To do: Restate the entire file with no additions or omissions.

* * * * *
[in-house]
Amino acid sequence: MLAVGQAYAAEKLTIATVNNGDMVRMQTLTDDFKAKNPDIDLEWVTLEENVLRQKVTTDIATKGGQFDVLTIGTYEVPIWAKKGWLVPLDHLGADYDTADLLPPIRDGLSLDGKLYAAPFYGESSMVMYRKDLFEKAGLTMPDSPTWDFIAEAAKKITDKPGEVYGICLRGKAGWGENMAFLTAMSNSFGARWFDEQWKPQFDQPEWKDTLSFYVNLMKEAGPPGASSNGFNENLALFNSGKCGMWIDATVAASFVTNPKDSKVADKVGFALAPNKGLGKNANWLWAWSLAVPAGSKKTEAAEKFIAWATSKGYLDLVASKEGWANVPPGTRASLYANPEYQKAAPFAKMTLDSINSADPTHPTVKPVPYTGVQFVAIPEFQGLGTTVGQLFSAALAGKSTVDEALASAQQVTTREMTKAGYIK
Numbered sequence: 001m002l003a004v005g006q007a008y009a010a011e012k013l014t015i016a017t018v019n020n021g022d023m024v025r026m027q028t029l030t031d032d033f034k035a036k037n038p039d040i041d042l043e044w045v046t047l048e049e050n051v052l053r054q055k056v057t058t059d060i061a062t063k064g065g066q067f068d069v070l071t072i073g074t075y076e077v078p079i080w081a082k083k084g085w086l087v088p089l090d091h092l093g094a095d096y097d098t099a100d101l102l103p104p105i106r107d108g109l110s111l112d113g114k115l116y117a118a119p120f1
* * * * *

[in-house]
Amino acid sequence: MLAVGQAYAAEKLTIATVNNGDMVRMQTLTDDFKAKNPDIDLEWVTLEENVLRQKVTTDIATKGGQFDVLTIGTYEVPIWAKKGWLVPLDHLGADYDTADLLPPIRDGLSLDGKLYAAPFYGESSMVMYRKDLFEKAGLTMPDSPTWDFIAEAAKKITDKPGEVYGICLRGKAGWGENMAFLTAMSNSFGARWFDEQWKPQFDQPEWKDTLSFYVNLMKEAGPPGASSNGFNENLALFNSGKCGMWIDATVAASFVTNPKDSKVADKVGFALAPNKGLGKNANWLWAWSLAVPAGSKKTEAAEKFIAWATSKGYLDLVASKEGWANVPPGTRASLYANPEYQKAAPFAKMTLDSINSADPTHPTVKPVPYTGVQFVAIPEFQGLGTTVGQLFSAALAGKSTVDEALASAQQVTTREMTKAGYIK
Numbered sequence: 001m002l003a004v005g006q007a008y009a010a011e012k013l014t015i016a017t018v019n020n021g022d023m024v025r026m027q028t029l030t031d032d033f034k035a036k037n038p039d040i041d042l043e044w045v046t047l048e049e050n051v052l053r054q055k056v057t058t059d060i061a062t063k064g065g066q067f068d069v070l071t072i073g074t075y076e077v078p079i080w081a082k083k084g085w086l087v088p089l090d091h092l093g094a095d096y097d098t099a100d101l102l103p104p105i106r107d108g109l110s111l112d113g114k115l116y117a118a119p120f1